In my senior year of college, I enrolled in a course on evidence-based management. With only five other students in my class, the course proved to be quite the immersive experience into the scientific model. We focused theoretical business decision-making on creating hypotheses, observing our environment, gathering data, and refining our initial guesswork.
At the time, I wasn’t sure what to think of the class. Evidence and business seemed like two very distinct disciplines; one very scientific and formulaic, and the other entrenched in creativity and agility.
The idea clicked with me after I left school. Operating from an evidence mindset is not strictly for science geeks—evidence is critical to every aspect of life, from our personal goals to our job performance.
Evidence-based front-end development (quite a mouthful) has played a huge role in my career. Performing my engineering tasks with a logical thought process that encourages best practices and optimized results has allowed me to execute more precisely at greater speeds.
Below I walk through some of my takeaways from adhering to an evidence-based approach to front-end development.
Talk to stakeholders
Understanding who has a stake in your project will identify the correct communication channels. Stakeholders could be a client, upper management, your immediate superior—anyone who has authority over the end product.
People with authority over your project have the ability to muddy the waters. The only times I’ve had this happen to me occurred because of a breakdown in communication. Stakeholders must be a part of the process, from ideation to prototyping to initial release. The feedback they provide gives them the ownership they need to accept your project.
Case in point, I once was tasked with an assignment that involved the design of a login screen. Believing my supervisor was the primary stakeholder, I developed the work under his guidance—and that’s when disaster struck. In a meeting with top management, they hated what I had created, and hearing the reasons why made me realize I had been shutting out essential stakeholders.
This isn’t to say stakeholders should have a final say in how your work evolves. Rather, it’s part of your job to educate your stakeholders with the evidence collected throughout the process (and talking to stakeholders during that process can be a source of evidence). This is why evidence-based front-end development is so powerful—it relies on indisputable evidence rather than subjective reasoning. And if you do run into a disagreement with a stakeholder where you have no evidence, offer to collect that evidence for them; a/b comparisons, user testing, and analytics are all potential streams of evidence from which you can pull.
Review common practices
However, there comes a point when conventions might be more suitable than trying to find the shiniest new tool. Every task and deliverable almost always has me starting with a Google search. Knowing how others have approached a similar problem and understanding the conventions they employed has helped me to develop solutions that have been proven by the community.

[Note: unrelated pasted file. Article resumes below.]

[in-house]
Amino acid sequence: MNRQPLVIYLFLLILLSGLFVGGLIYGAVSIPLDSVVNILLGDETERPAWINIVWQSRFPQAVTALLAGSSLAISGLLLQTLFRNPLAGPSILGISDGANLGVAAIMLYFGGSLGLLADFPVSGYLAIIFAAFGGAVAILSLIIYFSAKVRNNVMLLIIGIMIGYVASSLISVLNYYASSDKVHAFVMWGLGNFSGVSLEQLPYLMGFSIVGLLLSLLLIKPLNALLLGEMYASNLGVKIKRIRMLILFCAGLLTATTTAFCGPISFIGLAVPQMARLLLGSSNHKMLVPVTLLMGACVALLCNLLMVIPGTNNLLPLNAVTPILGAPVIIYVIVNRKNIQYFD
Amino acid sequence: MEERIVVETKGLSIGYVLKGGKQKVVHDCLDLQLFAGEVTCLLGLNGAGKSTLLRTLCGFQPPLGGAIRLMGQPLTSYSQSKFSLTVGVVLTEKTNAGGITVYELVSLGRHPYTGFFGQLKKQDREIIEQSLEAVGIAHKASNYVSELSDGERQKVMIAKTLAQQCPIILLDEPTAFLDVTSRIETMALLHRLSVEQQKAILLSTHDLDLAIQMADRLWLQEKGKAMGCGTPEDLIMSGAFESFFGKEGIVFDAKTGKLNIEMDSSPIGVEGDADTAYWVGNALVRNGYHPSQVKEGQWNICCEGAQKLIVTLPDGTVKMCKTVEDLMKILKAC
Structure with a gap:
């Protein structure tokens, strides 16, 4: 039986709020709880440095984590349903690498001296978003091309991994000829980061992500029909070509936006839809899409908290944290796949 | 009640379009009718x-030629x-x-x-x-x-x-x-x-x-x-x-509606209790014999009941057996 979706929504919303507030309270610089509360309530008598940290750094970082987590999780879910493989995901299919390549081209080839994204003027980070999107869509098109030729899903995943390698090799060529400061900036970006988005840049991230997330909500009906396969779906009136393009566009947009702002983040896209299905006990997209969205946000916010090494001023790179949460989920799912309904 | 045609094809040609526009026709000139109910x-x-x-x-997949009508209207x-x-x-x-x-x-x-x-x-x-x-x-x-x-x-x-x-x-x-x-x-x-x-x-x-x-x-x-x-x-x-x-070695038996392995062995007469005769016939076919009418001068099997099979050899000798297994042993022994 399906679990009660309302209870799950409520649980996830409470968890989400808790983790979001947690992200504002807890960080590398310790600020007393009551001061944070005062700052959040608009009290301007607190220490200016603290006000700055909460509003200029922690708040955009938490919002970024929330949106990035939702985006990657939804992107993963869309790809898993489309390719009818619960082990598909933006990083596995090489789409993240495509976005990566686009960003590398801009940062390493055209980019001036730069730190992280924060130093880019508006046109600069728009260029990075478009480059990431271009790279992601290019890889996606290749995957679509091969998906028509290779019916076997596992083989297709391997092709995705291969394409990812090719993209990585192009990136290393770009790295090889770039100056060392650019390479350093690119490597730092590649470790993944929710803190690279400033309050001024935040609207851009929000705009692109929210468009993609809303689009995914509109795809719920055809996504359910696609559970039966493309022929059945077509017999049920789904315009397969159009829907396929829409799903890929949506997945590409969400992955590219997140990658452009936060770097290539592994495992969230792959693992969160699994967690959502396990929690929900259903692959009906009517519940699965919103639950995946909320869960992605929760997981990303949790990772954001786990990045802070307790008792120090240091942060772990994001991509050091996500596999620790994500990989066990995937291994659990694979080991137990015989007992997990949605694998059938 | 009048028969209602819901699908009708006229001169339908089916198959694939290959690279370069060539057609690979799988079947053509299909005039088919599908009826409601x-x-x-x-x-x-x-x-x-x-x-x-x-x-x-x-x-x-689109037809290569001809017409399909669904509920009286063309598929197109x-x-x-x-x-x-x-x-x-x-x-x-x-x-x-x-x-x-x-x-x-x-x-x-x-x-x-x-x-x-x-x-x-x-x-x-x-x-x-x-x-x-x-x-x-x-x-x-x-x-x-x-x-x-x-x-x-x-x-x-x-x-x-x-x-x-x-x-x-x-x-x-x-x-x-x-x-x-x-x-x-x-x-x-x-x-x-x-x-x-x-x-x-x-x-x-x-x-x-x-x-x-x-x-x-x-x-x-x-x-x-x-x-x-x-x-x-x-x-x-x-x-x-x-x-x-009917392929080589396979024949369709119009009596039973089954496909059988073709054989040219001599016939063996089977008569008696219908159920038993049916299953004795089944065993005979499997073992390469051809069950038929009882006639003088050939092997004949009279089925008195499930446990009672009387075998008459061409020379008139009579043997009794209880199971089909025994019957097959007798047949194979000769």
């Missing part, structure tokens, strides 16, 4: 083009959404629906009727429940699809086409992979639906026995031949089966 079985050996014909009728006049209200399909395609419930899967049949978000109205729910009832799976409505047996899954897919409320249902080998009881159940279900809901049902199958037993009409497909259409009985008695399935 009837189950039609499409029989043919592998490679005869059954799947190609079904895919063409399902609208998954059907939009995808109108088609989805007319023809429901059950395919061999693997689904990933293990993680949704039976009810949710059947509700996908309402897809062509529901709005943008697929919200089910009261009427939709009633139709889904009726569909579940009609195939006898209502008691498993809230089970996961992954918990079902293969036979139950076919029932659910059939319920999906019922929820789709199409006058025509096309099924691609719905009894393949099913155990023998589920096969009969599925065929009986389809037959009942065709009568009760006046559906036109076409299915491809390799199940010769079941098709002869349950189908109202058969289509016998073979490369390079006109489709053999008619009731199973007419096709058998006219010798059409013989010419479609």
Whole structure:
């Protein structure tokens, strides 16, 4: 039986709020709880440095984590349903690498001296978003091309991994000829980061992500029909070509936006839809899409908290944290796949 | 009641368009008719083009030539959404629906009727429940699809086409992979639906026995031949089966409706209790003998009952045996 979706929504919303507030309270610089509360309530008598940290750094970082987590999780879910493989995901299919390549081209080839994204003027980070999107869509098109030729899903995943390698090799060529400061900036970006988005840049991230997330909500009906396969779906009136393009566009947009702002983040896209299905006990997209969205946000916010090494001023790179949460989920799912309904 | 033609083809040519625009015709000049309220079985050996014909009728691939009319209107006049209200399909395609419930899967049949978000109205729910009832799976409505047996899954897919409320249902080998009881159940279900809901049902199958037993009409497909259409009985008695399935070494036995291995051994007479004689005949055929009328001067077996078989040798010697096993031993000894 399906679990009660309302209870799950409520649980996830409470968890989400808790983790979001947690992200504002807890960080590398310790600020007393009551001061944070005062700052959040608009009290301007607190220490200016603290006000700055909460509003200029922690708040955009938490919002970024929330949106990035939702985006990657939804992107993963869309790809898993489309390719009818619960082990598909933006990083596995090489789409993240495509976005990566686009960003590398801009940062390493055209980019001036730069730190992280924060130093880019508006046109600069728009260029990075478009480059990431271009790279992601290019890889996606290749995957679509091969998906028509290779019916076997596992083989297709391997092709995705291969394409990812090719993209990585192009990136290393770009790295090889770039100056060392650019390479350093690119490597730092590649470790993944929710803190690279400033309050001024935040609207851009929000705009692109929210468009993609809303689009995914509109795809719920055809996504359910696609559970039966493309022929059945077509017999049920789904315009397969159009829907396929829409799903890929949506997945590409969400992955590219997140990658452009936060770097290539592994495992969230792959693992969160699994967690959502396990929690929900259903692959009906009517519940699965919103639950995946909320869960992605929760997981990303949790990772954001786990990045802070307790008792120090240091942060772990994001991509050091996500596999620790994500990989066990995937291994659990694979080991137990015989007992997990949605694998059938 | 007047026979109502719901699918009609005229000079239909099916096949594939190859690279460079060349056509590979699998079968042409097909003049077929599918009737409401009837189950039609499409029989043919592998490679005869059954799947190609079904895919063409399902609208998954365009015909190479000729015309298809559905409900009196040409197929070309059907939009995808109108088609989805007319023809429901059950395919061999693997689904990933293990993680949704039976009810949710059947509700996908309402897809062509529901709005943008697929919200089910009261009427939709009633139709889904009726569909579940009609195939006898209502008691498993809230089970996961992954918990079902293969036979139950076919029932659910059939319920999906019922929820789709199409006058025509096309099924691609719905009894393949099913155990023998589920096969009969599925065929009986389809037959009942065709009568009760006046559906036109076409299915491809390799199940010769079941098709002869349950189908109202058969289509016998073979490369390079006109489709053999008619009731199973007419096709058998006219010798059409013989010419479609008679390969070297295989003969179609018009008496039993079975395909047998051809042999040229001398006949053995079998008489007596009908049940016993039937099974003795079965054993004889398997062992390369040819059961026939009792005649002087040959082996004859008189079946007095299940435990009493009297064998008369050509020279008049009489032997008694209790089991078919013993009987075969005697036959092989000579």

Validate with colleagues
While relying on the outside front-end community can be an excellent resource for your work, looking inward to your own organization is also vital. If you’re part of an engineering team, you likely have individuals around you who have experience and input that can help guide your thought process.
If your team isn’t of the technical background, your coworkers are still a valuable resource from which you can bounce ideas. Non-technical people have an amazing ability to cut down technical puzzles into a relatable experience. As a front-end engineer, I’m often stuck thinking about a problem from the standpoint of the technology. But when I seek advice from marketing, their approach is from a completely different view.
Your team can give you a diversity in thinking that will help you make smarter decisions and uncover essential evidence that otherwise may have remained hidden.
Test that it works
The abundance of consumer devices has made for a hectic front-end world. We have phones, tablets, plain-text emails, responsive sites, competing operating systems, screen readers—you name it. This is the hard part of the job. Front-end engineers are responsible for developing software that works across a broad spectrum of environments under differing user interactions and abilities.
A robust testing suite and methodology will help you produce real, evidence-based data on how your product works in different environments. Knowing that your email will be readable in Gmail web view or that the business blog looks good on the iPhone 7 is the proof you need to guarantee a solid and reliable user experience.
Make the investment in the tools to help get environment testing done appropriately and support the quality assurance department in double-checking your tests. Ensuring product usability before delivery may seem basic, but it’s a complicated and messy process that’s easy to trip over. Producing evidence of testing will give your team confidence in the final product.
The lean startup methodology first gained momentum with Eric Ries’ fantastic book, The Lean Startup, which I highly recommend. In it, he describes an approach to business that shortens the development cycle and focuses on getting products out more rapidly. Customer feedback is gathered and the product improved through constant iteration.